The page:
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Difference between char array and a null terminated string?

Hi experts,

I'm from a Verilog HDL background and trying to learn C. There are a lot of similarities between Verilog and C but the concept of char arrays and strings has me confused. I'd appreciate any help or pointers here.

This is the code, nothing fancy, just basic experiments around char array and string,

#include <stdio.h>
#include <string.h>

int main() {

char test1[5];
char test2[5];

int i;

test[0] = 'a';
test[1] = 'b';
test[2] = 'c';
test[3] = 'd';
test[4] = 'e';
test[5] = 'f';

strcpy (test2, test1);

for (i = 0; i < 6; i = i + 1)
printf("%c\n", test2[i]);

return(0);
}

I was expecting this code to fail during compilation (I'm using GCC version 3.2.3 on RHEL 3.0) because I'm exceeding the array bounds with the assignments. What is more surprising to me is that all the characters (a-f) do get printed. Any ideas why? The program output is this,

[nageshg@lx-nageshg mywork]$ a.out
a
b
c
d
e
f
[nageshg@lx-nageshg mywork]$

Another doubts is, what about the null terminating character in this case? I read that if a char array is initialized like this,

char test1[5] = "test";

the last (unassigned) character is set to '\0' and this variable becomes a string as opposed to just an array of characters. But if I initialize it character by character (as I did in the program above), I have to take care to set the last character to '\0' myself. Moreover it is said that the string handling functions expect a null terminated string as their arguments. But in the code above, this doesn't seem true. So why does strcpy() work?

I guess my basic doubt here is, what is the difference between an array of characters and a string in C? Or is it that they are one and the same thing, regardless of how I initialize and whether or not the last character is set to '\0'?

This essential point seems to have been deliberately evaded in the book I'm reading (or I may be missing the point myself). Please help.

BTW, if I remove the for loop in the code above and use the printf with the string format specifier,

printf("%s\n", test2);

I see abcdef as the output.

Thanks,
Nagesh

P.S. I did search the forum before deciding to post this. There doesn't seem to be anything dealing directly with something this basic.
Mar 8 '08 #1
2 6712
Banfa
9,056 Expert Mod 8TB
I was expecting this code to fail during compilation (I'm using GCC version 3.2.3 on RHEL 3.0) because I'm exceeding the array bounds with the assignments. What is more surprising to me is that all the characters (a-f) do get printed. Any ideas why?
...

Another doubts is, what about the null terminating character in this case? I read that if a char array is initialized like this,

char test1[5] = "test";

the last (unassigned) character is set to '\0' and this variable becomes a string as opposed to just an array of characters. But if I initialize it character by character (as I did in the program above), I have to take care to set the last character to '\0' myself. Moreover it is said that the string handling functions expect a null terminated string as their arguments. But in the code above, this doesn't seem true. So why does strcpy() work?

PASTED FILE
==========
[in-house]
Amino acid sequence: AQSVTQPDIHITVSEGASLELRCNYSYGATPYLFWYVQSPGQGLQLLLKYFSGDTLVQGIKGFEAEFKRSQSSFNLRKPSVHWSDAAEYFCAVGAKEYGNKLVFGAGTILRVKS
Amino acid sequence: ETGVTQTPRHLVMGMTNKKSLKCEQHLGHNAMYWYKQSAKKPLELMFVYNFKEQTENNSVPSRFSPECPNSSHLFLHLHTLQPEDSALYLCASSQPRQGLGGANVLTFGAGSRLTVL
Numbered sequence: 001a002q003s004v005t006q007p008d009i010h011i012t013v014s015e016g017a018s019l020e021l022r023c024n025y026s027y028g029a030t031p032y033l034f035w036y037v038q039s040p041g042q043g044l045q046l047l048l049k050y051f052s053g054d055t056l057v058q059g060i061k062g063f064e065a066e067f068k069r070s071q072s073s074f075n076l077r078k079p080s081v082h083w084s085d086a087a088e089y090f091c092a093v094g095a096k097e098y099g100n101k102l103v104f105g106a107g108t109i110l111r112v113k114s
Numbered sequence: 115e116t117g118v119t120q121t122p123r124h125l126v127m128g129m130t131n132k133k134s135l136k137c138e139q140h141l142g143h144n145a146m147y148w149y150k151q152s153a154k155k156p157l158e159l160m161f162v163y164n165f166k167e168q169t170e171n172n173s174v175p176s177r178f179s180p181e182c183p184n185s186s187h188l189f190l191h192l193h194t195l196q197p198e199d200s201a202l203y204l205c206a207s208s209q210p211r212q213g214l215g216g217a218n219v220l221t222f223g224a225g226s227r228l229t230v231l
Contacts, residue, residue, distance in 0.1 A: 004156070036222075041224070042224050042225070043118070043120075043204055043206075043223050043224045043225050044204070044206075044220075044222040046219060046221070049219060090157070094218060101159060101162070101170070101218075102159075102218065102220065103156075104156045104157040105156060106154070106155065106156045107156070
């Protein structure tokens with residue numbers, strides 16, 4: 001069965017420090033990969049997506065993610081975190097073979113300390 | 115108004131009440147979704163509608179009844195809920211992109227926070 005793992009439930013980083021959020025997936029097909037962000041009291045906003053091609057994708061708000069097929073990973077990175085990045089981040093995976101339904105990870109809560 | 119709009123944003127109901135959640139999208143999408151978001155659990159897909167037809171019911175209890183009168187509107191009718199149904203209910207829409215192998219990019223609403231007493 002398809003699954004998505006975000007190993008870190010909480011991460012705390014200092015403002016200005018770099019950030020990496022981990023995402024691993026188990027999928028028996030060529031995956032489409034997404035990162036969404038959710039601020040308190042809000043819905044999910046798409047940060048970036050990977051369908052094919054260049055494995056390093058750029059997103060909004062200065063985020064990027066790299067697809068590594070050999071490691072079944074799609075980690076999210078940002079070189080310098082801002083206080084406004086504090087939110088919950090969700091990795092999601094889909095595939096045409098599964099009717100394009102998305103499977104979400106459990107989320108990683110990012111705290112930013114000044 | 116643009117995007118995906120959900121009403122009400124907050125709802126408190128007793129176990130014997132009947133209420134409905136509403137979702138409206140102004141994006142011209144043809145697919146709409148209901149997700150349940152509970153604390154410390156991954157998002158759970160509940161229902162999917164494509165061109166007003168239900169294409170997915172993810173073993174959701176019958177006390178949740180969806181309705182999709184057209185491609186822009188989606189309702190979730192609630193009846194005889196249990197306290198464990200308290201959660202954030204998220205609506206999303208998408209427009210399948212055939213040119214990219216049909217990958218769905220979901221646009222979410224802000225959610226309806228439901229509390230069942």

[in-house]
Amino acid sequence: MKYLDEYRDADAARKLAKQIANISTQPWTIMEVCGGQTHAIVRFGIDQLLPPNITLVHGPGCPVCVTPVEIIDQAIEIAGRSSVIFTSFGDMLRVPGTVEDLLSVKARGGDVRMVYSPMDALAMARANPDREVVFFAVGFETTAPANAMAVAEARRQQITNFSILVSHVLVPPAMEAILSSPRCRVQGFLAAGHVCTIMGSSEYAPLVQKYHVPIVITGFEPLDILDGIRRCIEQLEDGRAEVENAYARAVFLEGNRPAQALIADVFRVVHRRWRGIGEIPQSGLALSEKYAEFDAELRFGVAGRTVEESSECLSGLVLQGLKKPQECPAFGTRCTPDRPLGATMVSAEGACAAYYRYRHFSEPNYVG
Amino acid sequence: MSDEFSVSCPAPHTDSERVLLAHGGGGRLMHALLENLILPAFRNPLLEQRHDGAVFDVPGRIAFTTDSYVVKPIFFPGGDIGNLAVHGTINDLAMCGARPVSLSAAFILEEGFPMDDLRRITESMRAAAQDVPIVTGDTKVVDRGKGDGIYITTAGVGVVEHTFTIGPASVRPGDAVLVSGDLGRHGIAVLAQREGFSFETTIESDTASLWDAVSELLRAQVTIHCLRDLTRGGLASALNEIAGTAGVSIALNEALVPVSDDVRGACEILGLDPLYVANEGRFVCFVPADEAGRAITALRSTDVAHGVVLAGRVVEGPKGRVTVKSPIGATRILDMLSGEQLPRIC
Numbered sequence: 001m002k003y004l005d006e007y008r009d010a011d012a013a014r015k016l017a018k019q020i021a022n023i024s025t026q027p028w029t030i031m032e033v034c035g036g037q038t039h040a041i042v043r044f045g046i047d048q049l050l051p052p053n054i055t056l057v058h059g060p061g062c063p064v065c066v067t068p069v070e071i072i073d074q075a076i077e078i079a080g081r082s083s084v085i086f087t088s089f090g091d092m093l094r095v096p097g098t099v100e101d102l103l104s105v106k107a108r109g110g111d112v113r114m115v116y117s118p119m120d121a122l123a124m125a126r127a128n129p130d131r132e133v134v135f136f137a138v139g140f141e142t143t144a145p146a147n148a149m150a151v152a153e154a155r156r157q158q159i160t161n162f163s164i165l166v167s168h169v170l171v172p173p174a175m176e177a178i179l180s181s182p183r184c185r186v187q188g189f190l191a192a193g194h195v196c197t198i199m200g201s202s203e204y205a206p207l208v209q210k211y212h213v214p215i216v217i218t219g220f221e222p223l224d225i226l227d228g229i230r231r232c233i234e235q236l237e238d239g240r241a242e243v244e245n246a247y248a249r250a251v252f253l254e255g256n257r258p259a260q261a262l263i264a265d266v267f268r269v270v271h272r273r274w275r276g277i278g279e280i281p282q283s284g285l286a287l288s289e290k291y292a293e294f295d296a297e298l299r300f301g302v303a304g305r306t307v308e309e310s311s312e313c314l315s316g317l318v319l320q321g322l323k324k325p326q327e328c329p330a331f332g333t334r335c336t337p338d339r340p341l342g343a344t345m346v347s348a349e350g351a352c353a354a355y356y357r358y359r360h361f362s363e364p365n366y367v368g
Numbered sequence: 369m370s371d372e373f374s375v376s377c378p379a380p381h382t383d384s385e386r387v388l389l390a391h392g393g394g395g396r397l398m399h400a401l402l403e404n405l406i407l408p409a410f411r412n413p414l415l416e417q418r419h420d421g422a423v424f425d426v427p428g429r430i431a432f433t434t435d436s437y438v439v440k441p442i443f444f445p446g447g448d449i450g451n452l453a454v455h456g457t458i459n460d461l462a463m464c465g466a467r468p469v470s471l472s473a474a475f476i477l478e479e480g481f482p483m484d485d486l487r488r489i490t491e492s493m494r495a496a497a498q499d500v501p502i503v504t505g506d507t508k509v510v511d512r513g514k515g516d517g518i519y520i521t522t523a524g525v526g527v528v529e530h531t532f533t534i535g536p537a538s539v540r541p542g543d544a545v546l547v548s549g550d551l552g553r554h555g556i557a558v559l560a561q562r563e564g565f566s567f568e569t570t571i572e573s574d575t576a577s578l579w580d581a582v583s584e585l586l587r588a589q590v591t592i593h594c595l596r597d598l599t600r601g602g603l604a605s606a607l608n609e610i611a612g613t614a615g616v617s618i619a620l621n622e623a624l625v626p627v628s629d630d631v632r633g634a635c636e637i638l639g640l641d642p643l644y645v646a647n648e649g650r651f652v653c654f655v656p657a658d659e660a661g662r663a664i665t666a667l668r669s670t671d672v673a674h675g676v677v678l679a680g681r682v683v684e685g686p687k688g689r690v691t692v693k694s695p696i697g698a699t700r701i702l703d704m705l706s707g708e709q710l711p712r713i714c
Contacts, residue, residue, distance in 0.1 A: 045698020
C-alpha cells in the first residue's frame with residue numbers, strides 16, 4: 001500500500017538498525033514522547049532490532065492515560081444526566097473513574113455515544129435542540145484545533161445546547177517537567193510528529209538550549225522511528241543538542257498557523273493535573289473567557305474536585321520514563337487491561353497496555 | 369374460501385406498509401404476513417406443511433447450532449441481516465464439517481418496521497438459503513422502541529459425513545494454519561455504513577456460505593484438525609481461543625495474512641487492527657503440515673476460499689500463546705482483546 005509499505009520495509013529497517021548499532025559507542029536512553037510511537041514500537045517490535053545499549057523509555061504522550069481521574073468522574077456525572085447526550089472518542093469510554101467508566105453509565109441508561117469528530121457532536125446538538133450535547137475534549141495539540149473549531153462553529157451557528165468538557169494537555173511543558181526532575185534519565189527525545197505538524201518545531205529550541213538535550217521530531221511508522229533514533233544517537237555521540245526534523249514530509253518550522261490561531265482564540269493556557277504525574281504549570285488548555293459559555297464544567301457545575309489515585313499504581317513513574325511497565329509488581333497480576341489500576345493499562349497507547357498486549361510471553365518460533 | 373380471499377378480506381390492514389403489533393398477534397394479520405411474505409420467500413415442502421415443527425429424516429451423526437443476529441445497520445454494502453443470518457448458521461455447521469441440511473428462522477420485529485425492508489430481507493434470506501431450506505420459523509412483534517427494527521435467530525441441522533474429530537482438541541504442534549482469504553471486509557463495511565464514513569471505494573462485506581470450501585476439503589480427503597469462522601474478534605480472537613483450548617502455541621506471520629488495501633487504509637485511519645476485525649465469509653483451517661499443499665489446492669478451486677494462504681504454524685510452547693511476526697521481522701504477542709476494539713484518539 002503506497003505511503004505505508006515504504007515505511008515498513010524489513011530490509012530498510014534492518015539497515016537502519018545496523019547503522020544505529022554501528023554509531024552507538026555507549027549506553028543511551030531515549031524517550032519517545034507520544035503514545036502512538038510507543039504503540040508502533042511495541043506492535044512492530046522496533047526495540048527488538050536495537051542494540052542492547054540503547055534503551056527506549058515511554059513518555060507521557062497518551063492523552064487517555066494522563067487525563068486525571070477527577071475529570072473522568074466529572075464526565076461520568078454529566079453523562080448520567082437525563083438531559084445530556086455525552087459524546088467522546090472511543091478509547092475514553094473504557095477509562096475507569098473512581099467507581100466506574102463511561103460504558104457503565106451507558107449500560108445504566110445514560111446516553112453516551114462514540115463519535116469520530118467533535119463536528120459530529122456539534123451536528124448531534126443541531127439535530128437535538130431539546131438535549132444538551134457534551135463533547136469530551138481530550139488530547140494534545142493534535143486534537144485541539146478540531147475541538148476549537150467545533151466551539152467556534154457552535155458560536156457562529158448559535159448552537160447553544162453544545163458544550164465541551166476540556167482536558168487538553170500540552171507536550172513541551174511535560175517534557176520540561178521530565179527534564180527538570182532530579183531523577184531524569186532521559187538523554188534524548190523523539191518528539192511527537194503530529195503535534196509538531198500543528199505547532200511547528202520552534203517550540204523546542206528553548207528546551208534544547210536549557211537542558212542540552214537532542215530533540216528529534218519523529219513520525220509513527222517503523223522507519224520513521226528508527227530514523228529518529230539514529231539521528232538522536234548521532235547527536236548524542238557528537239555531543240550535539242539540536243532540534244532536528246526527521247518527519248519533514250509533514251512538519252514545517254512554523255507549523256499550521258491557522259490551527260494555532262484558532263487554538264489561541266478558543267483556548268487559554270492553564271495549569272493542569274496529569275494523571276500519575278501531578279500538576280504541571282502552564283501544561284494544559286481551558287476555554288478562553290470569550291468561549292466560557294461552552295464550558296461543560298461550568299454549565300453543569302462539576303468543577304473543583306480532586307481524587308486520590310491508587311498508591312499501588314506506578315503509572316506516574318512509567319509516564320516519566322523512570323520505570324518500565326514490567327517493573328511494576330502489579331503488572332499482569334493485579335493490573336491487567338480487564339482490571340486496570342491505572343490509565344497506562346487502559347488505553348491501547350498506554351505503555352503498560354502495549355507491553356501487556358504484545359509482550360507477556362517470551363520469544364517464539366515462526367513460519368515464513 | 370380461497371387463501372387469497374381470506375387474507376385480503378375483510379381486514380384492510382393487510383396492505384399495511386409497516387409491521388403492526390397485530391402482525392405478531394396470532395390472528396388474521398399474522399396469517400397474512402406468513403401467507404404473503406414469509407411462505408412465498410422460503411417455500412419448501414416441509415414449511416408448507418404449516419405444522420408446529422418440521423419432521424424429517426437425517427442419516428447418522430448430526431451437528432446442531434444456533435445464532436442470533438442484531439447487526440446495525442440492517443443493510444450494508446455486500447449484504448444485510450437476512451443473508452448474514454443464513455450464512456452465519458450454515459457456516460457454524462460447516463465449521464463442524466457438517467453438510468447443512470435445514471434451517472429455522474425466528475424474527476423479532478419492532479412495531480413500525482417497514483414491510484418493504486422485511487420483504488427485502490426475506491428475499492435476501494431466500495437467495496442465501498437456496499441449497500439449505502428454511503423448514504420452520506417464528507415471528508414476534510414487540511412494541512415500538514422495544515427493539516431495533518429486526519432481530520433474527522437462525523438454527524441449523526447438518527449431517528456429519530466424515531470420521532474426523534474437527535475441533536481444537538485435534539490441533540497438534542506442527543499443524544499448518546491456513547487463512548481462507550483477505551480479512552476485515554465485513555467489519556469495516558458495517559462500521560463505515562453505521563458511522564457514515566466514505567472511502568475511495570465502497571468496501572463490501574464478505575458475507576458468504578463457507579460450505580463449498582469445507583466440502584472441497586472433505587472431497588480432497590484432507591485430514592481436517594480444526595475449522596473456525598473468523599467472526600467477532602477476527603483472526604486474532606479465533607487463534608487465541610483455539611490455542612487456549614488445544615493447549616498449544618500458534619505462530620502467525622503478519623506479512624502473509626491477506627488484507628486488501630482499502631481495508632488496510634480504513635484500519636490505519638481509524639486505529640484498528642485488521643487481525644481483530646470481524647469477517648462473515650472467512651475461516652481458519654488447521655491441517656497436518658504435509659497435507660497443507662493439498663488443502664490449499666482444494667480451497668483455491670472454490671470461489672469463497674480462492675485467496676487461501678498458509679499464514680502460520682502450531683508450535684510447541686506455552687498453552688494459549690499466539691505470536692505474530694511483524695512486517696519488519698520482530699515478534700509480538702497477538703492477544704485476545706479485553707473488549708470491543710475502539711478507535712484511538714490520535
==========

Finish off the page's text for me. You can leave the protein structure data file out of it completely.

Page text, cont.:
I guess my basic doubt here is, what is the difference between an array of characters and a string in C?
OK your program is confusing you because it is apparently working even though you think have done something wrong. The problem is that you call to strcpy does cause an out of bounds array access and this invokes undefined behaviour.

Undefined behaviour is a bad thing, the problem with it is that the behaviour of the program becomes completely undefined, anything might happen. This includes a memory exception, formatting your hard disk or working correctly. These are all examples (more or less extreme) of undefined behaviour but this is by no means an exhaustive list.

The undefined behaviour that you have run into is "program works as expected despite being wrong" which is what is confusing you.

You basic assertion about C strings and char arrays is correct, the only difference is that the string must have a character value '\0' (0) at the end of it.

It is likely that what ever data follows test1 in your program incidentally happens to be '\0' (0). It might be worth printing both test1 and test2 using %s at the end of your program you may then see unexpected behaviour.

You program does not explicitly cause an out of bounds array access and hence your compiler does not catch it, but when you call strcpy using an unterminated source string you implicitly get an out of bounds array access, undefined behaviour is invoked and the output of your program becomes moot it may do anything at that point.

You compiler can not catch this sort of error which is why static analysis tools exist (pclint, splint). You run you code through these programs and they produce extra errors and warning about what your program may be doing. A static analysis tool may well catch the error in this code.


So in conclusion, you are right about the difference between strings and array of char. Not terminating your strings is BAD, your compiler may not notice the problem and the program may appear to work but you are creating a problem waiting to happen at a future date normally at the most convent time. Be very careful not to do it.
Mar 8 '08 #2
Thanks for the reply. That helps clear some of the confusion. But I guess it will take me some time to get used to this ambiguity in C. Verilog is strictly governed by the IEEE LRM. The behavior is never undefined.

But yes, the whole purpose of an HDL (like Verilog) and a general purpose software programming language (like C) is different.

cheers!!
--Nagesh
Mar 11 '08 #3

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